What’s the cost of living in Minnesota?
When considering a move to a new state, understanding the cost of living is vital for effective budgeting and financial planning. If you’re planning a move to Minnesota, here are some current statistics related to the cost of living in the state that could help you make up your mind.
The average cost of living in Minnesota
Minnesota is home to over 5.7 million people.
According to data gathered in 2022 from MERIC, the Missouri Economic Research and Information Center, the state ranks 26th in a list of states with the lowest to the highest cost of living.
Housing costs in Minnesota
As of March 2023, the average home value in Minnesota is estimated to be around $315,122, according to the Zillow Home Value Index as of March 2023.
It’s important to note that housing prices can significantly differ across various regions within the state.
Typical Home Prices in Minnesota (Zillow Data):
Bloomington - $351,363
Minneapolis - $322,461
Rochester - $314,782
Saint Paul - $281,761
Duluth - $251,563
The monthly rental price ranges across the state for those considering renting in Minnesota. For example, the average rent for an apartment in Minneapolis is $1,660
Utility costs in Minnesota
Utility costs play a significant role in Minnesota's overall cost of living. According to Forbes, the average monthly cost is around $380.
Average Monthly Utility Costs in Minnesota:
Phone bill - $114
Energy bill - $104.76
Streaming - $49
Internet - $30
Monthly water bill - $28
Natural gas - $55
Grocery and food costs in Minnesota
When it comes to groceries and food costs, Minnesota generally aligns with prices found elsewhere in the United States.
According to Zippia, those in Detroit pay over $395 on average each month. This is one of the highest grocery bills in the country.
According to 2021 data from the Bureau of Labor Statistics, the average spending on food at home is $5,259 annually, or about $438 per month for US households.
Transportation costs in Minnesota
Transportation costs, including gas prices and vehicle maintenance, impact Minnesota's overall cost of living.
According to MIT, a single adult with no children can expect to pay upwards of $5,300.
Gas prices in Minnesota are typically in and around the national average. At the time of writing, Minnesota was at the national average. These prices fluctuate over time.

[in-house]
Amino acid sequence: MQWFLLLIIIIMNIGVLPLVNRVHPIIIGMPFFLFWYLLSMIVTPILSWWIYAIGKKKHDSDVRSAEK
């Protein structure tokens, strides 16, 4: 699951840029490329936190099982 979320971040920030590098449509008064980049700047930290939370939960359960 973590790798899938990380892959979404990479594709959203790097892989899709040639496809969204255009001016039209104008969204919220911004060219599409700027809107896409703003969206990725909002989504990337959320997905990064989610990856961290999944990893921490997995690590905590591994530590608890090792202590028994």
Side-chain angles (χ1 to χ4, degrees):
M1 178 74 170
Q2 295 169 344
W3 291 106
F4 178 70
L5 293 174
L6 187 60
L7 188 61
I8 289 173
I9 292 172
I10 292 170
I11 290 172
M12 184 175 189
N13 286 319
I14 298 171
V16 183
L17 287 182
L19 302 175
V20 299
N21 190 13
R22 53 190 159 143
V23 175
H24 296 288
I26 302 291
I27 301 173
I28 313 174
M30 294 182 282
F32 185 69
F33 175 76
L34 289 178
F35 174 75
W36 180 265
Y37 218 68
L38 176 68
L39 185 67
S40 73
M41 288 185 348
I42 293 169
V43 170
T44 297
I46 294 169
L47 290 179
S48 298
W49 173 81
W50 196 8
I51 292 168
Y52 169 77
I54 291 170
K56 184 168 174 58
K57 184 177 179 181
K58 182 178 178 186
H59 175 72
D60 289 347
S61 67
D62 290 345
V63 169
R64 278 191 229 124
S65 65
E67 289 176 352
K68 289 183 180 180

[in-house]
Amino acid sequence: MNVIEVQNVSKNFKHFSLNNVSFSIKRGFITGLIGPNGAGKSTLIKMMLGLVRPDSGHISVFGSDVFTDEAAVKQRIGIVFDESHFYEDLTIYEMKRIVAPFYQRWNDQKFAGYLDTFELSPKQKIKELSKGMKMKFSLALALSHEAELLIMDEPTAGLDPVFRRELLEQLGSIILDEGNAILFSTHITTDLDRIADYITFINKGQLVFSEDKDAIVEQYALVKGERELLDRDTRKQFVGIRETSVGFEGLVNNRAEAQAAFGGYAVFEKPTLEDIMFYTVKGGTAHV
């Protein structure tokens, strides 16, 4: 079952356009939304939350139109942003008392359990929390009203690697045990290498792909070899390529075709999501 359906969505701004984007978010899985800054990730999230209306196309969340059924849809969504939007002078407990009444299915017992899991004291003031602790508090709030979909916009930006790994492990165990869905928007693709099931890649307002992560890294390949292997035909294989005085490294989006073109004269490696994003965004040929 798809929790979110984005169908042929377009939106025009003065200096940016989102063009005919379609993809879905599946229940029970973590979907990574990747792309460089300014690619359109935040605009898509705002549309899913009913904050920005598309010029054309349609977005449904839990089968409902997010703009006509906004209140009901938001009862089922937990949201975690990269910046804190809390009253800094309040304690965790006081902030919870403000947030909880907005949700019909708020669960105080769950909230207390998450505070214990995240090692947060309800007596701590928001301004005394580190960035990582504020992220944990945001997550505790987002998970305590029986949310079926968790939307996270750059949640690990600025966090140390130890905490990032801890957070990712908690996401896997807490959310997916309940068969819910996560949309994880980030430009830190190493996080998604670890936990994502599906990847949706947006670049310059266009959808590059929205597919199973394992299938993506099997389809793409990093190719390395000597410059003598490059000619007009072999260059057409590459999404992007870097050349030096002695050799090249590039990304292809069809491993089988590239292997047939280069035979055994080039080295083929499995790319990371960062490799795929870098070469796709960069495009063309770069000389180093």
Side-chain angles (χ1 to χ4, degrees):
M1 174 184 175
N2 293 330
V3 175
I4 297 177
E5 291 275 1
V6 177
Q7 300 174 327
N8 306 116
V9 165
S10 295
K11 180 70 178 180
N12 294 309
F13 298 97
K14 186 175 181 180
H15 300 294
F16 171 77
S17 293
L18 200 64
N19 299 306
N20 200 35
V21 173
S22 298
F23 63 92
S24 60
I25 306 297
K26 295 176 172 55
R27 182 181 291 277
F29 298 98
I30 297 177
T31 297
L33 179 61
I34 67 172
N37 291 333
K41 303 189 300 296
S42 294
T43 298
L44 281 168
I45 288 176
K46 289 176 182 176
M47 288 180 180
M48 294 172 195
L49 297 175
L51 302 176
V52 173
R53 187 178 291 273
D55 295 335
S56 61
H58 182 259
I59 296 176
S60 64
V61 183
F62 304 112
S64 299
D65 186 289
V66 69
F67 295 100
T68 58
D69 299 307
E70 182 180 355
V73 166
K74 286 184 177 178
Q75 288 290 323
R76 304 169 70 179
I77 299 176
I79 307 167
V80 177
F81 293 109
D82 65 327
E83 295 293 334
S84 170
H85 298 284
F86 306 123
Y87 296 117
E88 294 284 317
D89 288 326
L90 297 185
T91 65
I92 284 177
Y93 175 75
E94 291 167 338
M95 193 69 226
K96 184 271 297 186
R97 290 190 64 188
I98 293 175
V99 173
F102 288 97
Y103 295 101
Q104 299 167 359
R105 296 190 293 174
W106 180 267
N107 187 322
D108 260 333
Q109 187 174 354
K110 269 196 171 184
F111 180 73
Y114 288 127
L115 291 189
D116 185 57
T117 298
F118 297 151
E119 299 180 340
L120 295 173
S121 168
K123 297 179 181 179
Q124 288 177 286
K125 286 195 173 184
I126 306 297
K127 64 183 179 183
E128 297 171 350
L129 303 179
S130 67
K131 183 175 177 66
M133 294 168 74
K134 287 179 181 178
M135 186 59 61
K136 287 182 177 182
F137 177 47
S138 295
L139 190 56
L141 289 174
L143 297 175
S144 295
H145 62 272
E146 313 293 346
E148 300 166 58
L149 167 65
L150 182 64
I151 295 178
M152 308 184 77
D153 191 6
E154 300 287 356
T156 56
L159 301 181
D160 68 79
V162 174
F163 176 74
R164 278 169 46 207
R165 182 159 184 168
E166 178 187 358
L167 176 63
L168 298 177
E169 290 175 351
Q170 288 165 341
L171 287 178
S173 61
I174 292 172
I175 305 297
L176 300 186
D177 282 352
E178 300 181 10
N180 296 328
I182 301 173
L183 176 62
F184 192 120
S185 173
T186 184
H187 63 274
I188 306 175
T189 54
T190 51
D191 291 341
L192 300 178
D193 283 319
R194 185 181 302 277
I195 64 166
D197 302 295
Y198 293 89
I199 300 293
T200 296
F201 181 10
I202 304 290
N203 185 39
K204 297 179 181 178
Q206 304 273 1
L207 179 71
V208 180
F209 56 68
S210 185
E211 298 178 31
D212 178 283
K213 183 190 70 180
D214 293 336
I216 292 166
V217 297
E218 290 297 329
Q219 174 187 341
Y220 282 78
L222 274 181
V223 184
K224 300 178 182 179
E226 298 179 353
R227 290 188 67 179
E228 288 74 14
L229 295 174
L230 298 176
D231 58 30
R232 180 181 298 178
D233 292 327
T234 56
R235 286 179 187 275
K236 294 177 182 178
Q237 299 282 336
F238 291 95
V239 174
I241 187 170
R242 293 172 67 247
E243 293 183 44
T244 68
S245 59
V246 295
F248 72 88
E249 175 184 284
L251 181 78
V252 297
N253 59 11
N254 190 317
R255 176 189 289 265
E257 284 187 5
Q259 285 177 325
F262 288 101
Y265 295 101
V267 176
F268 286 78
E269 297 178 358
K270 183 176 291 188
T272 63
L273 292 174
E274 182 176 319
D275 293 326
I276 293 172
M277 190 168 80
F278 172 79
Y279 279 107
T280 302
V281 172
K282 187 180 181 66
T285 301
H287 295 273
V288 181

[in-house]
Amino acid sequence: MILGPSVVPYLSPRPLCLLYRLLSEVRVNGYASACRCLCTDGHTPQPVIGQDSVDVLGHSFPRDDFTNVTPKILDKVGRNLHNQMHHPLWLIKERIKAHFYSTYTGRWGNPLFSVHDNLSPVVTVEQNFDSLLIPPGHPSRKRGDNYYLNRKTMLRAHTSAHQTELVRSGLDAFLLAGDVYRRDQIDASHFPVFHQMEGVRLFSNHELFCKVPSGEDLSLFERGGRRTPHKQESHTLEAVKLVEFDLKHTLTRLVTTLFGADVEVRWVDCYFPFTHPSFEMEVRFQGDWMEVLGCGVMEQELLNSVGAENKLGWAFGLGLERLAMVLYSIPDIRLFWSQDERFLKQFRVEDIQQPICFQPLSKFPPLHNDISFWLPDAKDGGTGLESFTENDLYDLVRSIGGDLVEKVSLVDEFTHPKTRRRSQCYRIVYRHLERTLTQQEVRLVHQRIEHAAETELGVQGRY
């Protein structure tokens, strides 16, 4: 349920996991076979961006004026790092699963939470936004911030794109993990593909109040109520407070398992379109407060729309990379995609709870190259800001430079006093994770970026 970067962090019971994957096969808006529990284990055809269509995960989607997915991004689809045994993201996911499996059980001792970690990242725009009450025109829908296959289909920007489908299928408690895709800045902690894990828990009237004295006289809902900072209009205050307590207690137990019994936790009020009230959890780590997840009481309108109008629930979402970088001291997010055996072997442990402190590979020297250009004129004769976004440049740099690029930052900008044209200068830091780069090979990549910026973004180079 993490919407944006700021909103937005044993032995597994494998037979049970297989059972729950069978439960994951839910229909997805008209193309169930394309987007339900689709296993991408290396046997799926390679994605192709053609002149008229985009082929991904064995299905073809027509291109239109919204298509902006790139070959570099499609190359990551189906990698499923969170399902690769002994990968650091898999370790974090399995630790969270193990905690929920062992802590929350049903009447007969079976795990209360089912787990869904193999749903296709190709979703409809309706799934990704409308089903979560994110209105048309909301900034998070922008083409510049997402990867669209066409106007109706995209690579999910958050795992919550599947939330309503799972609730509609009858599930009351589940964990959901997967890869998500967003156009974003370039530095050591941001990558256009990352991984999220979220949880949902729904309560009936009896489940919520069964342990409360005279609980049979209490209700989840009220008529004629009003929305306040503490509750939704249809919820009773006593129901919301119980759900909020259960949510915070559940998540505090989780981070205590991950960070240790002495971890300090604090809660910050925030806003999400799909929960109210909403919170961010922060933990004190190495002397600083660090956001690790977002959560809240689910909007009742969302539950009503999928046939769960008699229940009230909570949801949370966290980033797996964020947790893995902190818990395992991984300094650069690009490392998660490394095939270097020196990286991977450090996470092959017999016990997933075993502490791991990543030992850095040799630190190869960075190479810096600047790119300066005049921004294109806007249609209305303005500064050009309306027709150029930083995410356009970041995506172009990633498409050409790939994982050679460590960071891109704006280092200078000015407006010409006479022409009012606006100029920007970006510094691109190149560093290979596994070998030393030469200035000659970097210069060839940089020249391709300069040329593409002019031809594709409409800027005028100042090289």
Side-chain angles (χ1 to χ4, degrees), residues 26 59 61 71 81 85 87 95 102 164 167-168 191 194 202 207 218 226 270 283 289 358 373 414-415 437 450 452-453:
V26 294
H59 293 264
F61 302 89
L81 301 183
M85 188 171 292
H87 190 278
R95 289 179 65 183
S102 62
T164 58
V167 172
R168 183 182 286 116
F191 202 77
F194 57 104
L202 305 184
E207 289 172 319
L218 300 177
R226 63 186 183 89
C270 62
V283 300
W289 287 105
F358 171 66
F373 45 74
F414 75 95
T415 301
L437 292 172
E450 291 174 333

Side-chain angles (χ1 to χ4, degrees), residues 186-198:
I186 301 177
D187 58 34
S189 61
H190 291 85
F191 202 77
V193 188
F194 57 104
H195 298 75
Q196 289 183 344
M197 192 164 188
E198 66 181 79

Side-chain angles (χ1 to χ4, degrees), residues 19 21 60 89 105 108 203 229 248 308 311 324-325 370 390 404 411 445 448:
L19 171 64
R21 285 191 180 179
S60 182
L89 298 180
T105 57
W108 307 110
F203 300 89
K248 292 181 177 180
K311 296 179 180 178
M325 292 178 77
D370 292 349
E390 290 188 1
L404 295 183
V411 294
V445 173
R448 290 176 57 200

It is also worth noting that prices can vary across different regions within the state.
Healthcare costs in Minnesota
Understanding healthcare expenses is crucial when considering the cost of living.
The specific healthcare costs in Minnesota can vary depending on factors such as insurance coverage and individual circumstances. Therefore, it is advisable to research and consult with healthcare providers and insurance companies to obtain accurate cost estimates.
Annual Health Expenditure in Minnesota Estimated by MIT:
One adult, no children - $2,973
One adult, one child - $8,322
One adult, two children - $8,322
Two adults (one working), no children - $6,522
Two adults (one working), one child - $8,332
Two adults (one working), two children - $8,257
Two adults (two working), no children - $6,522
Two adults (two working), one child - $8,332
Two adults (two working), two children - $8,257
Childcare costs in Minnesota
Families in Minnesota currently pay around $9,507 per year for childcare for one child. This figure doubles for two children.
However, it's important to note that this figure can vary across the state.
Taxation in Minnesota
Minnesota’s state income tax rate is a flat rate of 5.35% and 9.85%.
Taxes in Minnesota compared to neighboring states:
Minnesota income tax rate: 5.35% - 9.85%
North Dakota income tax rate: 1.1% - 2.9%
South Dakota income tax rate: No state income tax
Wisconsin income tax rate: 3.54% - 7.65%
Iowa income tax rate: 0.33% - 8.53%
The sales tax rate in Minnesota is 6.875%. However, additional local taxes may apply, such as the local sales tax and the transit sales and use tax. The combined sales tax rate, including state and local taxes, can range from 6.875% to 8.875%, depending on the location within the state. It's important to note that Minnesota's sales tax rate can vary by city and county.
The bottom line
The amount of money needed to live comfortably in Minnesota can vary depending on location, lifestyle, family size, and personal preferences. However, as the most expensive state in the US, you may need more than you first think.
It's essential to consider these factors, along with personal circumstances and preferences, when evaluating the cost of living in Minnesota. In addition, consulting with a financial advisor can provide valuable insights and assistance in managing expenses and financial planning.
Whether you’re retirement planning or considering relocating to chase a new career, Unbiased can assist you with your move's financial ins and outs. Find the right advisor for your needs today.
Charlie Barton is a writer at Unbiased. He has been writing about personal finance and investing since 2017, with extensive knowledge of platforms and products. Charlie has a first-class degree from the London School of Economics.